County health departments in West Virginia face growing financial strain as a result of significant declines in federal, state and local government funding. At the same time, demographic and socioeconomic changes have increased the need for the critical services these agencies provide.
What’s the answer? Well, it may be that these agencies can do more collectively than they can do individually.A study by West Virginia University’s Bureau of Business and Economic Research in the College of Business and Economics indicates that consolidated health departments like that in the Mid-Ohio Valley or Charleston areas may not only save significant money, but may also better serve their constituents. The study, “Briefing on Local Health Department Consolidation Potential in West Virginia,” was requested and funded by the West Virginia Department of Health and Human Resources, Bureau for Public Health, Center for Local Health, and looks at a proposal to group the state’s local health departments into a nine-region system.
A focus of the study is to provide a review of the methodology and identify other benefits, costs, national-level trends and other prospective issues that should be examined for a statewide local health department consolidation plan. Drema Mace, Ph.D., Executive Director of the Mid-Ohio Valley Health Department, proposed the plan by which West Virginia would operate nine district health departments.
“When we look at prior research, it suggests that many costs associated with the services that are delivered by local governments – including the provision of public health – can be decreased by providing them to a larger or more densely-concentrated population,” said Brian Lego, BBER research assistant professor. “As a result, state officials in West Virginia have started to look at the efficiency of consolidating county-based local health departments into a multi-county regional model that combines resources and certain key activities into a centralized location, yet maintains some local provision of services.”
The Mid-Ohio Valley Health Department, based in Parkersburg, is a consolidation of resources for six counties, while the Putnam County Health Department has an operations contract that combines the agency with the Kanawha-Charleston Health Department.
“Many local health departments in the state generate limited amounts of revenue and face high costs for the services they provide due to a variety of human and physical capital resource limitations,” Lego said. “In addition, they face the difficulty of servicing counties with small, declining or widely dispersed population bases, and that is a hardship.”
John Deskins, director of the BBER, participated in a news briefing on Tuesday afternoon (Feb. 2) hosted by the DHHR and talked about the study’s findings. He said it is likely that many of West Virginia’s local health departments currently have unrealized revenue potential. “There is evidence to suggest that larger and more efficient health departments can enhance service provision and, ultimately, generate significantly more revenue.”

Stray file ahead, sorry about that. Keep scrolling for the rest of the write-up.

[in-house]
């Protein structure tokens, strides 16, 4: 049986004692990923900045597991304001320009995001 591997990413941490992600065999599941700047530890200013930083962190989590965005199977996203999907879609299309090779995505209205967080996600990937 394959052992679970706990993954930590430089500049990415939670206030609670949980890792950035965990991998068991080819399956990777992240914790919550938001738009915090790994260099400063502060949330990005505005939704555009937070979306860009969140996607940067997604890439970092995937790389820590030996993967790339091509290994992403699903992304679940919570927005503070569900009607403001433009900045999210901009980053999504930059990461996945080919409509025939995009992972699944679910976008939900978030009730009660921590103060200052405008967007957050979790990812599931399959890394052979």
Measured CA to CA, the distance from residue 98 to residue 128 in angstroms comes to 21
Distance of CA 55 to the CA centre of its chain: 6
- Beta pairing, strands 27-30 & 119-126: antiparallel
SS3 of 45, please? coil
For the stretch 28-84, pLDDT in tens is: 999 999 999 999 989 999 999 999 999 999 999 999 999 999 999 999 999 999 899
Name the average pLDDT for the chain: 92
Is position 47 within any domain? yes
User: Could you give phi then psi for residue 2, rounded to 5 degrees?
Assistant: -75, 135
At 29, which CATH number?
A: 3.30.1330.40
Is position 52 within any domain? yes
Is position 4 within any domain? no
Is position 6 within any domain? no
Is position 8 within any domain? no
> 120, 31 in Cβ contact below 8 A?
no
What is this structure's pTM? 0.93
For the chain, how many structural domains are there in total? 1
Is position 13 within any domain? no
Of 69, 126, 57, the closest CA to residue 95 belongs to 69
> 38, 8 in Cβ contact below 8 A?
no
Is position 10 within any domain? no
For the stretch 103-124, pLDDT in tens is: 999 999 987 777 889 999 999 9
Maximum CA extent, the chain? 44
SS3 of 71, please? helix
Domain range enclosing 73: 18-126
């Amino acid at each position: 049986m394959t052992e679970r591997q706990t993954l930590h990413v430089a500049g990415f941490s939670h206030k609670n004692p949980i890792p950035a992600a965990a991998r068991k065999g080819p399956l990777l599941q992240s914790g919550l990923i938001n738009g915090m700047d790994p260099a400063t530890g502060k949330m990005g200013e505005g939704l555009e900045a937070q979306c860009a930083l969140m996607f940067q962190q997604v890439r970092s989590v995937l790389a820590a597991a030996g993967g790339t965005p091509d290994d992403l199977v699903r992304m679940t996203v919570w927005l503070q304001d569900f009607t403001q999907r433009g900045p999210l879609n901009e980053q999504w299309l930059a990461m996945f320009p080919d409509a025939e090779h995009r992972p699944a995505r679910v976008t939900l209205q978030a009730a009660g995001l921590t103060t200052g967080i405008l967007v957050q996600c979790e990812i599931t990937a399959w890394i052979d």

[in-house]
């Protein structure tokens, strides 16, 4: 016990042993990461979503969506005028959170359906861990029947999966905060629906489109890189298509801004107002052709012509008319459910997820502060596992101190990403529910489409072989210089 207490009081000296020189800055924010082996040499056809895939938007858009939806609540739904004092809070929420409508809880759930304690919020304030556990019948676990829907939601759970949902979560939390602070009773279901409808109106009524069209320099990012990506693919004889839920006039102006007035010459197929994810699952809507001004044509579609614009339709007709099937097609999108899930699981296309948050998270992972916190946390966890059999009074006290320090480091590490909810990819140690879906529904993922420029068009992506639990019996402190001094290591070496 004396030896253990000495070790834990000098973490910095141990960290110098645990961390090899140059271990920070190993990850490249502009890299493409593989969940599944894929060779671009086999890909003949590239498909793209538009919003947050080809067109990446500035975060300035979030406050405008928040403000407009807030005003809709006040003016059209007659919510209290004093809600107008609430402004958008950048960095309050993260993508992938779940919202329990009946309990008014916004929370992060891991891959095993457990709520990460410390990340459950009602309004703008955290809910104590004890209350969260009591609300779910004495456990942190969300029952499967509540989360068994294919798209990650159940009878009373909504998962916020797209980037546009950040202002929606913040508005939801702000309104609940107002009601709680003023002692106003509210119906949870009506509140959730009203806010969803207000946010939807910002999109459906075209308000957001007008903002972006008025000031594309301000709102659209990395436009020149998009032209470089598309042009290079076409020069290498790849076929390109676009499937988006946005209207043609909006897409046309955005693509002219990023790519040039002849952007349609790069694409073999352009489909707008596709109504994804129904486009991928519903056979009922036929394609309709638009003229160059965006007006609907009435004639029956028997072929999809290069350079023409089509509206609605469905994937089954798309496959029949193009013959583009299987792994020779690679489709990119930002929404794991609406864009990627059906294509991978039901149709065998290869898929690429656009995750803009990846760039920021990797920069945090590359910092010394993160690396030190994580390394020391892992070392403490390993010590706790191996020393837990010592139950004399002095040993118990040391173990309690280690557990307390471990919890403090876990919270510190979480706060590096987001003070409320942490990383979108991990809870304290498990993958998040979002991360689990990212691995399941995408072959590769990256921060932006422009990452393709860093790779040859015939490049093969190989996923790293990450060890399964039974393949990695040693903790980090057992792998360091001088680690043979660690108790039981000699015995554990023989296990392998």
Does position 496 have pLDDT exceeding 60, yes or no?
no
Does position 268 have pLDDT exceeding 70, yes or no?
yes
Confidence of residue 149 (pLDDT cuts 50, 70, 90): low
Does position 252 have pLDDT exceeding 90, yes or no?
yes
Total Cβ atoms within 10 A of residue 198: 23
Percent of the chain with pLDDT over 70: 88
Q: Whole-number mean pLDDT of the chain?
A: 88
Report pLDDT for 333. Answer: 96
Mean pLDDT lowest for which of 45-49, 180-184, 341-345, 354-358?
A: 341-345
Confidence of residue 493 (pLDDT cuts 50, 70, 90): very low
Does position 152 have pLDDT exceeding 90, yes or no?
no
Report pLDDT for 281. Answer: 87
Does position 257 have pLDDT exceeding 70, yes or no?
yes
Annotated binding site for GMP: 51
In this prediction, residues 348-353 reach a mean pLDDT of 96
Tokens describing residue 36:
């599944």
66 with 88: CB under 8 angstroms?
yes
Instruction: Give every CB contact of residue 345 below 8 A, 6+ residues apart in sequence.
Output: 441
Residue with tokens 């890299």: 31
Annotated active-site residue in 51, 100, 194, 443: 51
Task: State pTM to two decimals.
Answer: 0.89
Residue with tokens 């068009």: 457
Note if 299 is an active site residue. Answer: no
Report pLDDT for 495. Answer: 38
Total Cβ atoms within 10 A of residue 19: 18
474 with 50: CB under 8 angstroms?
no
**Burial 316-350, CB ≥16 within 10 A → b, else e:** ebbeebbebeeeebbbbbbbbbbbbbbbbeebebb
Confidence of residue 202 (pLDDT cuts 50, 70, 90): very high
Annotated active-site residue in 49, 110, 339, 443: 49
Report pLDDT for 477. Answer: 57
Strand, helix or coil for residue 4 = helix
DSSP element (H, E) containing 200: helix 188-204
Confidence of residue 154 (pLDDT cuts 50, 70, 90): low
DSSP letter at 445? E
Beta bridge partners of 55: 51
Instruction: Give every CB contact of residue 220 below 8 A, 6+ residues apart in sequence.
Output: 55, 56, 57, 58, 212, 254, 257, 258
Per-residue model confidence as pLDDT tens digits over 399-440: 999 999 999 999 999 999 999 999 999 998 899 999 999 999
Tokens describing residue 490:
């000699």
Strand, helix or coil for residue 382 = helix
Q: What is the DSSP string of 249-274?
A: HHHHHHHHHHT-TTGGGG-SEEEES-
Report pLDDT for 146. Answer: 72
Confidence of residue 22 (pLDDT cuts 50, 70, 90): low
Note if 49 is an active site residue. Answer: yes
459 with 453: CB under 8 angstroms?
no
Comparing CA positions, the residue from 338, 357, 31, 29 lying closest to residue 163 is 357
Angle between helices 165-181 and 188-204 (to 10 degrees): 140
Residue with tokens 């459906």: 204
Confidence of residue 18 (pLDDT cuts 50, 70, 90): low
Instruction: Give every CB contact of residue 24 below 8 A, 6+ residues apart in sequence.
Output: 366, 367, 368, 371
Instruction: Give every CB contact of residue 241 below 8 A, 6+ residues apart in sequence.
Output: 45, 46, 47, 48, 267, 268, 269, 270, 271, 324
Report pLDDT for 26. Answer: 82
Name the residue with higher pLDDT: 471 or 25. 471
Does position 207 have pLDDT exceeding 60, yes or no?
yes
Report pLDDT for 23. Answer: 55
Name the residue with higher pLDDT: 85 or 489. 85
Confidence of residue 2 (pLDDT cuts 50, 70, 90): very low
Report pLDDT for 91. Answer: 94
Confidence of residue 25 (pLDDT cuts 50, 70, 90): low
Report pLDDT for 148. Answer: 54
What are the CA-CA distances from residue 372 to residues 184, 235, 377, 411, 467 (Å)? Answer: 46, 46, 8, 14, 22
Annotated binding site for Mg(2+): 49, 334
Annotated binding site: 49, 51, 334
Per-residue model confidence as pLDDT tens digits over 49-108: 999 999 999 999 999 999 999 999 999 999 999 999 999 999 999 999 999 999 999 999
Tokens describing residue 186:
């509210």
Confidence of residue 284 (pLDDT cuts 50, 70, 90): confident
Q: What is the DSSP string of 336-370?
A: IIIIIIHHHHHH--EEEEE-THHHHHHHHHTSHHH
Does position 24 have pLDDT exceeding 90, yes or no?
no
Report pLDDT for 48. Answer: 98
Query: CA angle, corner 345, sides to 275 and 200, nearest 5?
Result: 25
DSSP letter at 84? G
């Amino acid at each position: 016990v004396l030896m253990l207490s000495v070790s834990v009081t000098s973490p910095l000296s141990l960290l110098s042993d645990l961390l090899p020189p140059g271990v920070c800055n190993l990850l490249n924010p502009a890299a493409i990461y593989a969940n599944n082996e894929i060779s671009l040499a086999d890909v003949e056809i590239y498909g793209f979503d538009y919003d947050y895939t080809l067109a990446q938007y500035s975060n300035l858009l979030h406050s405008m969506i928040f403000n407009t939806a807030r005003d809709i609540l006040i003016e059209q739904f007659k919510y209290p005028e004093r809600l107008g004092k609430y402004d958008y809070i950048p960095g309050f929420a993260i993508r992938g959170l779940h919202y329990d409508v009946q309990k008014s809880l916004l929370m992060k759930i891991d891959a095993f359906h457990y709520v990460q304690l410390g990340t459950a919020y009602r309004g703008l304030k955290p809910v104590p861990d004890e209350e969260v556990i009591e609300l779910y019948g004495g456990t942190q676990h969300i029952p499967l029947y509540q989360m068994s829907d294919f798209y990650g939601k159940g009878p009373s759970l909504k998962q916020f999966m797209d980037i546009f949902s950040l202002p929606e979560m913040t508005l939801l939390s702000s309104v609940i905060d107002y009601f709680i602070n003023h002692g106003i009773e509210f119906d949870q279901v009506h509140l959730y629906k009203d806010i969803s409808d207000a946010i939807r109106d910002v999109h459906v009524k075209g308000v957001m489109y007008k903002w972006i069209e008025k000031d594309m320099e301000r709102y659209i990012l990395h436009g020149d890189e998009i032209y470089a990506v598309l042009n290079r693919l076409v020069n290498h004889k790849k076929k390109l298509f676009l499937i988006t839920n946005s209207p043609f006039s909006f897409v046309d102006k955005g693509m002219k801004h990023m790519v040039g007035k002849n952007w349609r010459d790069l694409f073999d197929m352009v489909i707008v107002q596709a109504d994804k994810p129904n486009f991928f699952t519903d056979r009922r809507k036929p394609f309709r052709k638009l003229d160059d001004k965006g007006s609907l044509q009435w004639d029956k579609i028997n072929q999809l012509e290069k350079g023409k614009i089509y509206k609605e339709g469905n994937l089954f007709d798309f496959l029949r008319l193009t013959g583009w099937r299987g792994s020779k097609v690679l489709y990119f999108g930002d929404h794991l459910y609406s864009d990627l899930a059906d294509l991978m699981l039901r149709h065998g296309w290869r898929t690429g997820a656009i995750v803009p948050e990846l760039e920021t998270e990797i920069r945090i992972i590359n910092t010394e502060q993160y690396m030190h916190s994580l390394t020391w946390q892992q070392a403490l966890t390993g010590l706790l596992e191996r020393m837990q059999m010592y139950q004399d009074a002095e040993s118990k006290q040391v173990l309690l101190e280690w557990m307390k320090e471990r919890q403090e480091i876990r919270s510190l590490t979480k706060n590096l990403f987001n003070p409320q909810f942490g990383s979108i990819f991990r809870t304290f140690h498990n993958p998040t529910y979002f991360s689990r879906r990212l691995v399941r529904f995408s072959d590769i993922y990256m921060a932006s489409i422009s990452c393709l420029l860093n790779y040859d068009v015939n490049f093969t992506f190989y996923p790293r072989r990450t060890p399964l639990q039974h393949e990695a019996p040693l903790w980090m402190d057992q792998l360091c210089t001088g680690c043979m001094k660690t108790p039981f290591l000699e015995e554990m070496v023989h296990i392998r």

The study reads, “Ultimately, these consolidated health departments create the potential for lowering system-wide expenditures by eliminating overlapping administrative functions and administrative costs, and could also generate additional revenue as areas that once lacked the ability to provide certain services to residents could now do so thanks to the availability of sufficient staff and resources.”
The Mid-Ohio Valley Health Department serves communities in Calhoun, Pleasants, Ritchie, Roane, Wirt and Wood counties. After years of financial woes, Putnam County’s state-allotted funds were redirected to the Kanawha-Charleston Health Department starting in July 2013. Putnam initiated a contract with its neighbors in Charleston after it incurred an estimated $400,000 in debt. That debt was erased last year.
The study provided conclusions that included, “Additional research should be conducted so as to gain a more comprehensive accounting of all the possible quantifiable benefits and costs that occur as a result of consolidating LHDs into multi-county entities. We also find that further investigation is necessary to determine the proper geographic design by which county LHDs are consolidated by examining transportation issues, demographic and socioeconomic variables, as well as the overall financial and organizational health of county LHDs.” The study also concludes that further research is necessary to determine the impacts of health department consolidation in states that are predominantly rural.
The full report is available in PDF format at http://www.be.wvu.edu/bber/pdfs/BBER-2015-12.pdf. For further information about the WVU College of Business and Economics, follow B&E on Twitter at @wvucobe or visit be.wvu.edu.
CONTACT: Patrick Gregg, WVU College of Business and Economics
304.293.5131 or firstname.lastname@example.org
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